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Honey Hi


Written by Christine McVie.

Contributors to this interpretation included: Scott Boucher, Alexa, and George.

Honey Hi is a song that was written for the album Tusk in the late 1970s. Having recently become one of the biggest acts in the world, the excesses of touring and the entire rock and roll lifestyle were really just starting to take their toll on the members of Fleetwood Mac. With Rumours their success was snowballing at the same rate as the bitterness and tension between the band members. Specifically Lindsey Buckingham and Stevie Nicksí relationship had ended along with Christine and John McVieís failed marriage. Drugs and mainly alcohol had played a huge part in the end of Christineís marriage to John.

During the recording of Rumours, especially after her divorce from John, the two had almost no communication except through the music. They barely talked and made it a point not to be together outside the studio. Christine didnít want to have hurt John, she still wanted some kind of friendship and proved that by writing "Donít Stop" ("I know you donít believe that itís true, I never meant any harm to you,"). In songs like Honey Hi and "Songbird", Christine has told the world, and the ones she loved that she never wanted anything but for all of them to be happy.

Honey is an affectionate name often given to oneís boyfriend, girlfriend, husband, wife, or even friend, so the Honey Christine wrote about in this song may have been a friend, it may have been a lover, but it also may have been John.

Honey, honey, honey
Who could be sweeter than you

Many of Johnís friends as well as John himself have said that he is a wonderful guy, sweet, sensitive, and caring, when he is not drinking. Christine is acknowledging this when she says Ďwho could be sweeter than youí. She is realizing for maybe the first time since their bitter divorce, that she and John can be civil to one another and even be friends.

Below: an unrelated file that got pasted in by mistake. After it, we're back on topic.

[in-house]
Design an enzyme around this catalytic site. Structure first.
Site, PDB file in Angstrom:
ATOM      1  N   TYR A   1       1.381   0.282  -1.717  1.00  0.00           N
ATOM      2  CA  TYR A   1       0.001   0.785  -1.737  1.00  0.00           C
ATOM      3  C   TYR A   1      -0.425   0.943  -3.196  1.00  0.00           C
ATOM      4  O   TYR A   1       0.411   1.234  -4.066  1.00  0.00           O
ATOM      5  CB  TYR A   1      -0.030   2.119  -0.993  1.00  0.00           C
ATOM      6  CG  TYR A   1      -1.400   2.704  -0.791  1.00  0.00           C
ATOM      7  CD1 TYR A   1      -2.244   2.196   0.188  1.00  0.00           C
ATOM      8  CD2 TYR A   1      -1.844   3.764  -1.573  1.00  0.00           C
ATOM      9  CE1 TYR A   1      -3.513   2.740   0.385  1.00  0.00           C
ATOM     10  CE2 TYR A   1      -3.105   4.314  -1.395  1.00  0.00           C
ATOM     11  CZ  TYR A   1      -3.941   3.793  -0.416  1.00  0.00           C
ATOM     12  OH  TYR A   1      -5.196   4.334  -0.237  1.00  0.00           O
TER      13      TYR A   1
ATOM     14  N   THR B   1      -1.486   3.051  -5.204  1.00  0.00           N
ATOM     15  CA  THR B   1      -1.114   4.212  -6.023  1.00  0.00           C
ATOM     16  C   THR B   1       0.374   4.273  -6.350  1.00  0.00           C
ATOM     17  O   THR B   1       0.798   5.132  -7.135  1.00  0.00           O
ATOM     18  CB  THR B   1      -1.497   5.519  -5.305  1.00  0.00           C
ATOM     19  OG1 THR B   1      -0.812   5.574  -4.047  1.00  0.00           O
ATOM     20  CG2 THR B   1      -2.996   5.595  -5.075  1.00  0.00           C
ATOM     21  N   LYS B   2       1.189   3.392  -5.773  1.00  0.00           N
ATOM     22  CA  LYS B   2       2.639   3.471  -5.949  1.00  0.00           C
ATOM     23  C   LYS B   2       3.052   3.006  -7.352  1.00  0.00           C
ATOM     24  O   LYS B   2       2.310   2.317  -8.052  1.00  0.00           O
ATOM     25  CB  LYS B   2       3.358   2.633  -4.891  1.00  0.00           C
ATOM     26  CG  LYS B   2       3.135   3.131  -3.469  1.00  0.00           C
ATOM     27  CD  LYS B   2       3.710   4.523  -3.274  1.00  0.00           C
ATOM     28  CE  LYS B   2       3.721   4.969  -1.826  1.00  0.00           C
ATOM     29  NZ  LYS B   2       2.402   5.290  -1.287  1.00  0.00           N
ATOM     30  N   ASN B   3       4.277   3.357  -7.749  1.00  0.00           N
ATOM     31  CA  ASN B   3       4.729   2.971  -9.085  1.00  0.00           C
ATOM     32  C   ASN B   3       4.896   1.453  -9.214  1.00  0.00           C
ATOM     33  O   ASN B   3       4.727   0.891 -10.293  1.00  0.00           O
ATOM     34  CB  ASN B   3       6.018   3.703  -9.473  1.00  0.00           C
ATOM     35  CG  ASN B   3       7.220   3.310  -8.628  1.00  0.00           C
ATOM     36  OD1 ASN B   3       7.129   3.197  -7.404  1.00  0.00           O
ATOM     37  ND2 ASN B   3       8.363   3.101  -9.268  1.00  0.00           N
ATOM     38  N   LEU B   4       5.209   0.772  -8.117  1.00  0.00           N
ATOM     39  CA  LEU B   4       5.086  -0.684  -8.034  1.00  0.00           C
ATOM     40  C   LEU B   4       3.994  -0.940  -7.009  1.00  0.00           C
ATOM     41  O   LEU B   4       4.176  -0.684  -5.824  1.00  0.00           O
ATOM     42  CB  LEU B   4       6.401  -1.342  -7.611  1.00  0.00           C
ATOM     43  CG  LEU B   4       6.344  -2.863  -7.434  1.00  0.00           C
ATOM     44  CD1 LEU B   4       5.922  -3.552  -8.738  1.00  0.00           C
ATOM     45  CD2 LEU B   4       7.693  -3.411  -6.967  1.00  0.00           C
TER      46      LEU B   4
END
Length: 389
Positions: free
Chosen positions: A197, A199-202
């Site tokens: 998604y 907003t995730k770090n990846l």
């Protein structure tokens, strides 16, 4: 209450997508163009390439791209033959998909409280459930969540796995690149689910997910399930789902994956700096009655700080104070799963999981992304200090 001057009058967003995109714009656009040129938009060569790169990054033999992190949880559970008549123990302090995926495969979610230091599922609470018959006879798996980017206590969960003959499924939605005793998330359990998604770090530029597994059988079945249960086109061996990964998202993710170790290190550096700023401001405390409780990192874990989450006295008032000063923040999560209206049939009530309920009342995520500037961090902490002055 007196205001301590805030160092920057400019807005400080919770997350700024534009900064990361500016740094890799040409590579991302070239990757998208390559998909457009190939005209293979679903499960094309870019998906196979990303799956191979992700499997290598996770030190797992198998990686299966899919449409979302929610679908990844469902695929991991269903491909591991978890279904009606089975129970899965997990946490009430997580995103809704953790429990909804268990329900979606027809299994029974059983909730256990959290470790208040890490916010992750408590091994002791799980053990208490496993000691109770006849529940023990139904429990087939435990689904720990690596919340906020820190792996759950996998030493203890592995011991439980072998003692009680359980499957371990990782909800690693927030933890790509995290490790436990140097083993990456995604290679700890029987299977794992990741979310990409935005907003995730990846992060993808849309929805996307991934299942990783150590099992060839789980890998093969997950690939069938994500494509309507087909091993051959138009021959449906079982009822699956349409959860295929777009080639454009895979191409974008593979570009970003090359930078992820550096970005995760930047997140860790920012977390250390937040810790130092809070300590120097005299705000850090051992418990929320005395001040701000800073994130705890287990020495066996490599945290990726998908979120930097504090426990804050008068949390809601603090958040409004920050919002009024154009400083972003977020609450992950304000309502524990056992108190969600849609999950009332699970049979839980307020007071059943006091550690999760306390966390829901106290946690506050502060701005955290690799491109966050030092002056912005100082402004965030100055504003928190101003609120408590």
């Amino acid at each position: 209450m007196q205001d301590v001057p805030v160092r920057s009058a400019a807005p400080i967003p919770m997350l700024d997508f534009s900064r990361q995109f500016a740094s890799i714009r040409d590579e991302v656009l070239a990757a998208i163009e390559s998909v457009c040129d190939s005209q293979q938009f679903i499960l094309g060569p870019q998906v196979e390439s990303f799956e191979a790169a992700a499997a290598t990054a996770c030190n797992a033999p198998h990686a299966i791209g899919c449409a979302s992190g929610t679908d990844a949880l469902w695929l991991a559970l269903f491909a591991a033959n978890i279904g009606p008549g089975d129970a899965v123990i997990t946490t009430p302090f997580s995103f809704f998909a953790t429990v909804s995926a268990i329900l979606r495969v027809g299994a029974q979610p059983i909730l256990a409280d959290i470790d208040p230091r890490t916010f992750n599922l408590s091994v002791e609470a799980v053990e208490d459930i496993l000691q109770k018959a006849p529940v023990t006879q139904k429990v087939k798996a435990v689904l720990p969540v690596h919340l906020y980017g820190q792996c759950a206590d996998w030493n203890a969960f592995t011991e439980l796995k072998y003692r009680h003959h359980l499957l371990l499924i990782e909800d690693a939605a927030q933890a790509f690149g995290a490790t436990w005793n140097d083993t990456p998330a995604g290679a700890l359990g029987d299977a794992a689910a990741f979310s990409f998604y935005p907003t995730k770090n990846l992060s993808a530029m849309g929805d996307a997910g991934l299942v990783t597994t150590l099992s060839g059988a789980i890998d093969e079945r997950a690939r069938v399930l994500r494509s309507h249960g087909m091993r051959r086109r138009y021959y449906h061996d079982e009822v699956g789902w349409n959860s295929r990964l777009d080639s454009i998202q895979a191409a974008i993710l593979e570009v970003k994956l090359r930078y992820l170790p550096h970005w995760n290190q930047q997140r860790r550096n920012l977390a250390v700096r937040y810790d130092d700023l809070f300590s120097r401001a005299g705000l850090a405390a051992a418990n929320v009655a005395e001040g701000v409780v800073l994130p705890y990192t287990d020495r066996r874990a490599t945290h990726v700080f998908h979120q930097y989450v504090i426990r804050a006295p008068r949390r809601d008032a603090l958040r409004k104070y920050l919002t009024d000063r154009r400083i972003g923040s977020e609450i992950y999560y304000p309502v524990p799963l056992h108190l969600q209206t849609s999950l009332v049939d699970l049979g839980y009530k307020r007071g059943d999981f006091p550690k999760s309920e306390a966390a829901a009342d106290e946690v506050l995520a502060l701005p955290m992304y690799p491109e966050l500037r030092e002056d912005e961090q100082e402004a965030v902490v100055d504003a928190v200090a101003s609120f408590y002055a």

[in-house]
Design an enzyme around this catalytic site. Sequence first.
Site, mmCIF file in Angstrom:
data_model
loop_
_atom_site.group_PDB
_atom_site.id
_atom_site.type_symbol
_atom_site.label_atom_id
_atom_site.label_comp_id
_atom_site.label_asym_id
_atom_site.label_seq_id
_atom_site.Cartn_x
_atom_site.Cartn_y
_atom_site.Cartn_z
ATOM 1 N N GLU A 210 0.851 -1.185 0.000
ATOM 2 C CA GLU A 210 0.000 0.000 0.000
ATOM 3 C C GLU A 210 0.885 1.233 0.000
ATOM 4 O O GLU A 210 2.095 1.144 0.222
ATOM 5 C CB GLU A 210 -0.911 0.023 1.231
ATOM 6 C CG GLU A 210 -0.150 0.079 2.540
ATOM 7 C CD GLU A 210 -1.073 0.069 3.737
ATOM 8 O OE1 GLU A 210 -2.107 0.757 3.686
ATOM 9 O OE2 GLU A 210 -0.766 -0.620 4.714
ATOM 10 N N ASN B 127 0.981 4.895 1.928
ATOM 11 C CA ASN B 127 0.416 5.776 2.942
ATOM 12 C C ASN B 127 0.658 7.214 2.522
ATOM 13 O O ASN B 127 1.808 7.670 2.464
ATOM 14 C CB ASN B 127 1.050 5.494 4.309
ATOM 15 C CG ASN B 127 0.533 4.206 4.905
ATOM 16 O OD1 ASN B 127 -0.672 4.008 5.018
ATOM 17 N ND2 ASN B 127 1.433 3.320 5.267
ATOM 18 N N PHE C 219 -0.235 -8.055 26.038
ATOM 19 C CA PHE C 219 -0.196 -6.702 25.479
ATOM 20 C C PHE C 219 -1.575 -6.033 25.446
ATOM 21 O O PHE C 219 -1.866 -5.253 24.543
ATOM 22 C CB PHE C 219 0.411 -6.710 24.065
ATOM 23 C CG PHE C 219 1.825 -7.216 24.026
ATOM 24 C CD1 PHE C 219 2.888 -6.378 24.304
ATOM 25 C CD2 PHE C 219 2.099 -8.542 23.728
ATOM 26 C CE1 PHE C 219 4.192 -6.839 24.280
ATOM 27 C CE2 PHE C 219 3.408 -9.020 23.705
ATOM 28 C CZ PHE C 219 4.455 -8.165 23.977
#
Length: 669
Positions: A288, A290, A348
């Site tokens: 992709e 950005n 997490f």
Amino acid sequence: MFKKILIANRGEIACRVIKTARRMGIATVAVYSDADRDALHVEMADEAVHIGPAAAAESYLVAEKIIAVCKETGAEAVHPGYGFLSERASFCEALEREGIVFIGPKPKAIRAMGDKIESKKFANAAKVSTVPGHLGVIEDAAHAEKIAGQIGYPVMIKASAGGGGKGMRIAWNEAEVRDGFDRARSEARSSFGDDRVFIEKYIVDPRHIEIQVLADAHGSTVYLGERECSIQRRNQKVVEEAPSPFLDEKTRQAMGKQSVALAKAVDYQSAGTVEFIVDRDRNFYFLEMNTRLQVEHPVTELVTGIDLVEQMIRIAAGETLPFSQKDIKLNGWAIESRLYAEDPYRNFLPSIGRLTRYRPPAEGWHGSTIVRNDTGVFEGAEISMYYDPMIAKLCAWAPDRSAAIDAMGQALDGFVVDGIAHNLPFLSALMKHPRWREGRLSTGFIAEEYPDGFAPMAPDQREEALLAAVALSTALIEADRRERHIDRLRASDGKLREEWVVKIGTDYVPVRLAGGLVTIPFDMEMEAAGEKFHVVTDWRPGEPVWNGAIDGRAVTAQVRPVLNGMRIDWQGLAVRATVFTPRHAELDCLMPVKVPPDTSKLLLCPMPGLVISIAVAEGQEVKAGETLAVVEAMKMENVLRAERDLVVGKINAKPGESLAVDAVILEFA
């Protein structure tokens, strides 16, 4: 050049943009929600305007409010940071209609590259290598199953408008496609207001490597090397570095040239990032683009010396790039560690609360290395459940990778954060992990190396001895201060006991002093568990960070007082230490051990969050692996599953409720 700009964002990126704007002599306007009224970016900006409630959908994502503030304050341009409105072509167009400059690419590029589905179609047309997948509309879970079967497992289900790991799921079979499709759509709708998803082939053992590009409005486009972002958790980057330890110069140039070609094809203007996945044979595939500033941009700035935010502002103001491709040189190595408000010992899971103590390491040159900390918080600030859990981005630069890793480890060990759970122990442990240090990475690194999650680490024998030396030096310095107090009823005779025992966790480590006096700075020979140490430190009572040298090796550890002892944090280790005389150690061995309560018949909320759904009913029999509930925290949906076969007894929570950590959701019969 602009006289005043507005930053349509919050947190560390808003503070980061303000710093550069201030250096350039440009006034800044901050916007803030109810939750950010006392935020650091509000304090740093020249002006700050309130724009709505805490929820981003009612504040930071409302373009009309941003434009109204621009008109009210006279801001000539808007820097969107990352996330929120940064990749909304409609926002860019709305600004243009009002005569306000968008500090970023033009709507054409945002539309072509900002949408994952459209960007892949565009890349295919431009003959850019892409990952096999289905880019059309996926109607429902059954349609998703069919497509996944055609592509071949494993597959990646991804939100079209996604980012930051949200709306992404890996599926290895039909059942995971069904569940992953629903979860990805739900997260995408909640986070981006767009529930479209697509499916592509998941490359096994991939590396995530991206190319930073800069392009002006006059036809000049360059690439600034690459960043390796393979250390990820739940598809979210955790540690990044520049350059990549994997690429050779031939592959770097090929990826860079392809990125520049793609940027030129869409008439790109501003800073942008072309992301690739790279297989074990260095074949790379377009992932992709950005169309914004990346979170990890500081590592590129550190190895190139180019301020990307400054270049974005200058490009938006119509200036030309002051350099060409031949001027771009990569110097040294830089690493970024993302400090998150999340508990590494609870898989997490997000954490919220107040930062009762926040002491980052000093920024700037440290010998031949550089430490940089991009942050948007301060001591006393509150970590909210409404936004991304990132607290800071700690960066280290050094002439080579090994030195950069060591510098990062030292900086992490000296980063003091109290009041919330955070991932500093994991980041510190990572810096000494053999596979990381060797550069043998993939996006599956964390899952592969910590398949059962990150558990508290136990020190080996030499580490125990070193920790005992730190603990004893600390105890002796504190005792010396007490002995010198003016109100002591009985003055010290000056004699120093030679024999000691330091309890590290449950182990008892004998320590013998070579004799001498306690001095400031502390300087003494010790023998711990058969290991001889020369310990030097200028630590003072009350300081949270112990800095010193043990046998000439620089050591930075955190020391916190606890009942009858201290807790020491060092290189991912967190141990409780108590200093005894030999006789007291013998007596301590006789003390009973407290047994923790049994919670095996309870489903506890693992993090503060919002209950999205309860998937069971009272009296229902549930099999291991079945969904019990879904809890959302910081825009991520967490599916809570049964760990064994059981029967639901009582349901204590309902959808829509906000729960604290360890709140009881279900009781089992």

Honey, honey, honey
Bitter sweet, but what can I do

Of course as all relationships have their ups and downs, so she is also at the same time reminding herself that it doesnít always work. They arenít always going to be on each otherís good side, but she knows that is to be expected, itís natural to fight. She is accepting all his faults because the friendship is worth it to her.

Lord, it's good to talk to you
Even sweeter than wine

She is more than happy to be able to speak to John again, and is now able to really see all of the good things about him.

Don't take the love light away
'Cause I'm far away from home

She doesnít really want to argue with him. She wants them to have a peaceful relationship and keep the Ďlove lightí burning. She would rather just forget how much they hurt each other and move on.

A night light often comforts young children who are afraid of the dark, and in this case, Christine feels like a child being so far away from what she is used to, her marriage with John, but she still wants him to love her. She needs his love and friendship because it comforts her and protects her from darkness. When she and John are getting along, she is at ease, but when they are fighting and the love light goes out, she feels very alone and so she asks him to forget the past as she has and she gives him a chance to stay close to her.

Daddy, all I'm trying to tell you
Lord, I really love you, love you, love you
Honey, honey, honey hi
Honey, honey, honey hi
Honey, honey, honey hi.

In the end she is just telling him that she really does love him and repeats it just to make sure he realizes that. She canít tell him that enough.

This song is mellow, as are most of the songs that Christine put on Tusk. But unlike her other Tusk songs, this one is light and hopeful instead of dark and sad. The music is relaxing and the song ends just as unassumingly as it began. Honey Hi is as much of a ray of light to the Tusk album as "Donít Stop" was to Rumours, and in spite of all the dark and intense things that go on in her life, Christine has always tried to remind John how much she really does care about him and always has.

Transcribed to HTML by Marty Adelson.

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